Engine Coolant Reservoir - Check the level of coolant and make sure it is not above the "COLD MAX" line on the exterior of the reservoir.

Windshield Washer Reservoir - Check the level of the fluid against the line on the exterior of the reservoir or keep at least half full.

Fuse/Relay Boxes - To check a fuse, remove it and look through its side. If the wire connects the two prongs, it is good. If the wire is broken, the fuse is bad and should be replaced with a fuse with the same number.

Battery - Most auto parts stores can test your battery for free. Make sure the battery posts and wire terminals are clean and do not have any built-up corrosion. Corrosion will look like white, clumpy powder. To clean the posts and terminals, remove the negative terminal first, then the positive. You can use a wire brush, scrub pad, commercial battery post cleaner, or a 3:1 baking soda/water paste to scrub the battery posts and wire terminals clean. If you used any method that involved liquid or paste cleaners, allow everything to thoroughly dry before reinstalling the terminals onto the posts. Always reinstall the positive wire first, then the negative. You can smear a little petroleum jelly over the posts to help prevent future corrosion. (Note: after uninstalling the battery, the car may run slightly more rough than before because the car's computer's memory will have been reset and it will take a few miles for it to relearn its previous settings).

Air Filter Housing - The air filter is located in here. To access the air filter you will have to remove some clamps or screws (depending on the car). Pull the air filter out and visually inspect it.

Mass Air Flow Sensor (MAF) location - Inside the air intake tube (after the air filter) is the MAF. There is no regular check you can do, but if you ever need to clean the MAF due to a rough running engine, you can spray electronic cleaner spray over the wire.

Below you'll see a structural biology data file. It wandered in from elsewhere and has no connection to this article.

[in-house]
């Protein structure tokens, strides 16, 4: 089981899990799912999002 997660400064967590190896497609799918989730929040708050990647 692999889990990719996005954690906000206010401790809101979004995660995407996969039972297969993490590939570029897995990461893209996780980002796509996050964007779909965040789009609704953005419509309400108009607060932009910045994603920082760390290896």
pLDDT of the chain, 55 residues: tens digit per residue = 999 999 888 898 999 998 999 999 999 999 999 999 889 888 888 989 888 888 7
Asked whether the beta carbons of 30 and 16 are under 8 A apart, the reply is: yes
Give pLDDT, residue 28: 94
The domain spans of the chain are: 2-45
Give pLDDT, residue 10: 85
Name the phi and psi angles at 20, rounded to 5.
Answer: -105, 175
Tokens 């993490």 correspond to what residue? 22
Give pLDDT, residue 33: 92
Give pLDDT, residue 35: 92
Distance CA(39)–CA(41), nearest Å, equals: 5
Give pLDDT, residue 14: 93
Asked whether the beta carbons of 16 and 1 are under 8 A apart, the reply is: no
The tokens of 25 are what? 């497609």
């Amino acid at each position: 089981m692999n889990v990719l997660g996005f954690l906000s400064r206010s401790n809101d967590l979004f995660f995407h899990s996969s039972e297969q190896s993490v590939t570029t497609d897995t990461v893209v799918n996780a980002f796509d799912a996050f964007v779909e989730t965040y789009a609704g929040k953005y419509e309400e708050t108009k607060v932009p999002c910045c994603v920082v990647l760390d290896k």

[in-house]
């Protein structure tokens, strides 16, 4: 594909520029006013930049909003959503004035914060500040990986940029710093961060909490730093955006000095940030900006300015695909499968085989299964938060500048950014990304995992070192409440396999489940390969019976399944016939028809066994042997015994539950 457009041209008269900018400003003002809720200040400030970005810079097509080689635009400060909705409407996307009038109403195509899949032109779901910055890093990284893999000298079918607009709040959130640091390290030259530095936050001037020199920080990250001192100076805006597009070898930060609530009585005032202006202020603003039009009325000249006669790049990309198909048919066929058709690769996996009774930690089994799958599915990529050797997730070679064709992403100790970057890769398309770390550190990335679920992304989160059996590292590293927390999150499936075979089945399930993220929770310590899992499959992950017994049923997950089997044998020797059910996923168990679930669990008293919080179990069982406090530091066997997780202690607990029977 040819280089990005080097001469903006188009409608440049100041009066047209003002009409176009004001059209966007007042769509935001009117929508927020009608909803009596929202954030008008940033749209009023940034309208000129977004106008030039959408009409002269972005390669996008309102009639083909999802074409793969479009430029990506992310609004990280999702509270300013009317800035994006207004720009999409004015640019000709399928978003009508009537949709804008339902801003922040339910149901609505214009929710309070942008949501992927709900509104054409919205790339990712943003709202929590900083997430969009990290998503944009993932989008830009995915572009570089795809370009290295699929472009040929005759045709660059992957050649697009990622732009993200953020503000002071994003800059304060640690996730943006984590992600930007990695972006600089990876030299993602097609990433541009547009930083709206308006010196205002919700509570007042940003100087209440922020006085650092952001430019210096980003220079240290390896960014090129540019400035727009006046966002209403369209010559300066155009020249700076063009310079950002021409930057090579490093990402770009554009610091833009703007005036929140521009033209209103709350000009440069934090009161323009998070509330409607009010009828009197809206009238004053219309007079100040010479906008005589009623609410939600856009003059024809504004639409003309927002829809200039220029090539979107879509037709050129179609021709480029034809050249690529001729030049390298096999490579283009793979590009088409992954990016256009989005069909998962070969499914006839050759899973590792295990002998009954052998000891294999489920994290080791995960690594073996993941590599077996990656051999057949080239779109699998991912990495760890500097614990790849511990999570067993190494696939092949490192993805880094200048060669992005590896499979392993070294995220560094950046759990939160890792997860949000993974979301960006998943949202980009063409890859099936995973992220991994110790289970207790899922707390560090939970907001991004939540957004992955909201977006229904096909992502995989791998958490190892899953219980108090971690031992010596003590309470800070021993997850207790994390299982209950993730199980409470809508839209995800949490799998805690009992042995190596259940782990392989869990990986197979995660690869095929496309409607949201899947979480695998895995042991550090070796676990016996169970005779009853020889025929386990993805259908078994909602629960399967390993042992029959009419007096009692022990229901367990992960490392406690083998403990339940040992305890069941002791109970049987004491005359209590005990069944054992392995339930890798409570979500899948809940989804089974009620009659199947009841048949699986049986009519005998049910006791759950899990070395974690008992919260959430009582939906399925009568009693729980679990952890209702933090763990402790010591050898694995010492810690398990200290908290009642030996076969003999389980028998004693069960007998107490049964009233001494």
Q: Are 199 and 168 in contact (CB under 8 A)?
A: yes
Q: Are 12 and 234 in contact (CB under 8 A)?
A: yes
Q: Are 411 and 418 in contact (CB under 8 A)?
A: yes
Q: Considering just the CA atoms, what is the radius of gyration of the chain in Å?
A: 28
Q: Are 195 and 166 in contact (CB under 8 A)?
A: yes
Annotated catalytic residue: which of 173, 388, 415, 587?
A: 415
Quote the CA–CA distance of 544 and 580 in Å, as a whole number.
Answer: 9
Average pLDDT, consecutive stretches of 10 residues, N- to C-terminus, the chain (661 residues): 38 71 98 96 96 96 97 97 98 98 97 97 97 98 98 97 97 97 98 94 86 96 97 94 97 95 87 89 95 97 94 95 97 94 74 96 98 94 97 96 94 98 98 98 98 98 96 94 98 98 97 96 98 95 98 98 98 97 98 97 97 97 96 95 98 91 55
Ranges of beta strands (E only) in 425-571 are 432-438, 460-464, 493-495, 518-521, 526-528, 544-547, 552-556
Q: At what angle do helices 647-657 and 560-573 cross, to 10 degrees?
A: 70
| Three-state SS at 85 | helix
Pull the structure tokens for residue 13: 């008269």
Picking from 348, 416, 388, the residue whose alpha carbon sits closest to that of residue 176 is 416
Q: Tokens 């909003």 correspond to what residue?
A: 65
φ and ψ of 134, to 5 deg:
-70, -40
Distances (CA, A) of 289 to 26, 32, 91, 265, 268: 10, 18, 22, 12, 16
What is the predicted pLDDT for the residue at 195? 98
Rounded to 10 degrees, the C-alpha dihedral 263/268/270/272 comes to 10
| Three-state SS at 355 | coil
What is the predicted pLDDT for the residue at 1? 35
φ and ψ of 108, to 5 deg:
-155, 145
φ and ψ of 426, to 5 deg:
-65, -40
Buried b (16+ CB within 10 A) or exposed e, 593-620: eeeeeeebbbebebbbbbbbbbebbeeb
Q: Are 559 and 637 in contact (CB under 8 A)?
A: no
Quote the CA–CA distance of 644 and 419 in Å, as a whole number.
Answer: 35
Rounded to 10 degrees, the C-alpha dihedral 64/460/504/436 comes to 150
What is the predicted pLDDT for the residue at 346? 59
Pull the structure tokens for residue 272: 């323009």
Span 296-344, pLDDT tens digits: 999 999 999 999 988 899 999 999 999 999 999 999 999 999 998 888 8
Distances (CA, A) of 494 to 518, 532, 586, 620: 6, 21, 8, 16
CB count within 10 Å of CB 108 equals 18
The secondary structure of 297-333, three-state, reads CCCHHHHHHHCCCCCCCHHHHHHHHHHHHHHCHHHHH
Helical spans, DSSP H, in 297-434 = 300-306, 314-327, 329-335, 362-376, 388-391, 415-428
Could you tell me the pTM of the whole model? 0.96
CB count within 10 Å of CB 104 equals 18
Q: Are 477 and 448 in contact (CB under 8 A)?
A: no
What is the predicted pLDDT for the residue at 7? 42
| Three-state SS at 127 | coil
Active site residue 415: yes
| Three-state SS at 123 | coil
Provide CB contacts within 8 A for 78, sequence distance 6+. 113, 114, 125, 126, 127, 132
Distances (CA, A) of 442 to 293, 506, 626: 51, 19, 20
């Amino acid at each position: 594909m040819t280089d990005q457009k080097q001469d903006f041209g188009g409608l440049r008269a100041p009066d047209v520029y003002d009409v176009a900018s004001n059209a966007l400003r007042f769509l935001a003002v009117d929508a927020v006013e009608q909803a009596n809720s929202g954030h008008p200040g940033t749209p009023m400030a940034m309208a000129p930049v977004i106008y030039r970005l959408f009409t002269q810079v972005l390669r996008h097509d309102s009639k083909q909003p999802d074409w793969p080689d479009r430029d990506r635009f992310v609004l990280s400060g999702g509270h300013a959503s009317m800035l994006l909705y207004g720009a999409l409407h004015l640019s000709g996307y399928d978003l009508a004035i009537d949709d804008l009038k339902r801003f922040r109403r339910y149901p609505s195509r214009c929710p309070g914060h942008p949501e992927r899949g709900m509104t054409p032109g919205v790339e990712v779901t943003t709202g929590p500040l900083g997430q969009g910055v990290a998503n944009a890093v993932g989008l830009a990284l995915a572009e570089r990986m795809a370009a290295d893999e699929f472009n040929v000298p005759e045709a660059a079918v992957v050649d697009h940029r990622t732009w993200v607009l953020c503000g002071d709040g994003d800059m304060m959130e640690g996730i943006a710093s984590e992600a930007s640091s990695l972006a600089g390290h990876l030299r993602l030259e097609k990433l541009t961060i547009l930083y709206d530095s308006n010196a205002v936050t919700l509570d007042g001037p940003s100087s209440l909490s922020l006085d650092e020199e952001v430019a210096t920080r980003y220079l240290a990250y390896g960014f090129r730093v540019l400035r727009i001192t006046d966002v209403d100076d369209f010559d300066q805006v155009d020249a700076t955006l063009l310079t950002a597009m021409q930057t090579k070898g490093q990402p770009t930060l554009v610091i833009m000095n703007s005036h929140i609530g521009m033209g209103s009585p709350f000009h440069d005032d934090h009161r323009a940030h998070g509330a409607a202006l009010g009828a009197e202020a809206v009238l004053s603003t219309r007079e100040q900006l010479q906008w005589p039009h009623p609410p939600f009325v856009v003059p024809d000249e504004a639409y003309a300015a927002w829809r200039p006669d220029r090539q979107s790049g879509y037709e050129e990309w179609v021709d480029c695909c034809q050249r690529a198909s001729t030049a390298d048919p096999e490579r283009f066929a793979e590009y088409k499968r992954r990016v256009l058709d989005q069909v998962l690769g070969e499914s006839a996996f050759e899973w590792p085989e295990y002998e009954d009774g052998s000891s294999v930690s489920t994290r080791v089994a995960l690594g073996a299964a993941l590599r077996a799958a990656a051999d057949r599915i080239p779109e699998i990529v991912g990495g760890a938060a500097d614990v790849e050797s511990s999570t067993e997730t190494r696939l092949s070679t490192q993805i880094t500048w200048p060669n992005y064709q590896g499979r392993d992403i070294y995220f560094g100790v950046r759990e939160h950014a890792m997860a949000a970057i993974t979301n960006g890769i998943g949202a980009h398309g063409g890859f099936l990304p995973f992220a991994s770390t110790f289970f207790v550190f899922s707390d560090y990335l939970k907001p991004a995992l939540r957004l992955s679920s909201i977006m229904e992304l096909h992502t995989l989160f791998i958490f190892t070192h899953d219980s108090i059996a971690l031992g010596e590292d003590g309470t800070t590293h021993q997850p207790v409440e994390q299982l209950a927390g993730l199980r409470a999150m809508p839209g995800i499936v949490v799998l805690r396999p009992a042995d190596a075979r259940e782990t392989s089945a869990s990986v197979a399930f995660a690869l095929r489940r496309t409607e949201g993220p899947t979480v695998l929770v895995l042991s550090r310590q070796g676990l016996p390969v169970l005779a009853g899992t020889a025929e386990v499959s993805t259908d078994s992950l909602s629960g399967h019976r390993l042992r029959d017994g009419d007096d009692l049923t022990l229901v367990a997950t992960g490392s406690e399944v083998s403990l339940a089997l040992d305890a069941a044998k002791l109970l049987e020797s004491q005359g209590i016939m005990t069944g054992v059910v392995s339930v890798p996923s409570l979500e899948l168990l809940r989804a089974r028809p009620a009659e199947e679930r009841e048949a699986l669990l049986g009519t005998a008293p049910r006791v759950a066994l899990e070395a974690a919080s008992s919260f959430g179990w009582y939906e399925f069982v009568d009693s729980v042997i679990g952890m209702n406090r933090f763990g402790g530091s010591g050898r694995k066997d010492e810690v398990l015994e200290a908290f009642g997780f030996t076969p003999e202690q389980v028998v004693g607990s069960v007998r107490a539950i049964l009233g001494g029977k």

Brake Fluid Reservoir - Visually check to make sure the fluid is at the proper level.

Power Steering Reservoir - Visually check to make sure the fluid is at the proper level. Some systems use a dipstick method of checking the fluid level.

Spark Plugs - Spark plugs do not need to be checked very often, usually about 30,000 - 60,000 miles.

PCV Valve - Remove the valve and shake it. If it rattles then it is good, otherwise replace.

Alternator - Most auto parts stores can check your alternator for free. The alternator basically converts power generated by the engine to charge the battery and run the accessories, like lights and radio. When the engine is not running, the lights and radio run off the battery.

Accessory Belt - Some vehicles will have one serpentine belt, some have two belts - one that drives the Air Conditioning Compressor and one that drives the Alternator, Water Pump, and Power Steering. Visually check the belts for frays, cracks or missing chunks.

IAC Valve - If your engine in running erratically while idling, the problem may be a faulty or stuck IAC valve. To check, unplug the electrical wiring to the valve while the engine is running. If the engine's RPMs drop, the valve is working. If the engine shows no change then the IAC valve must be replaced.

Intake Manifold - This is the path the air takes to get to the engine.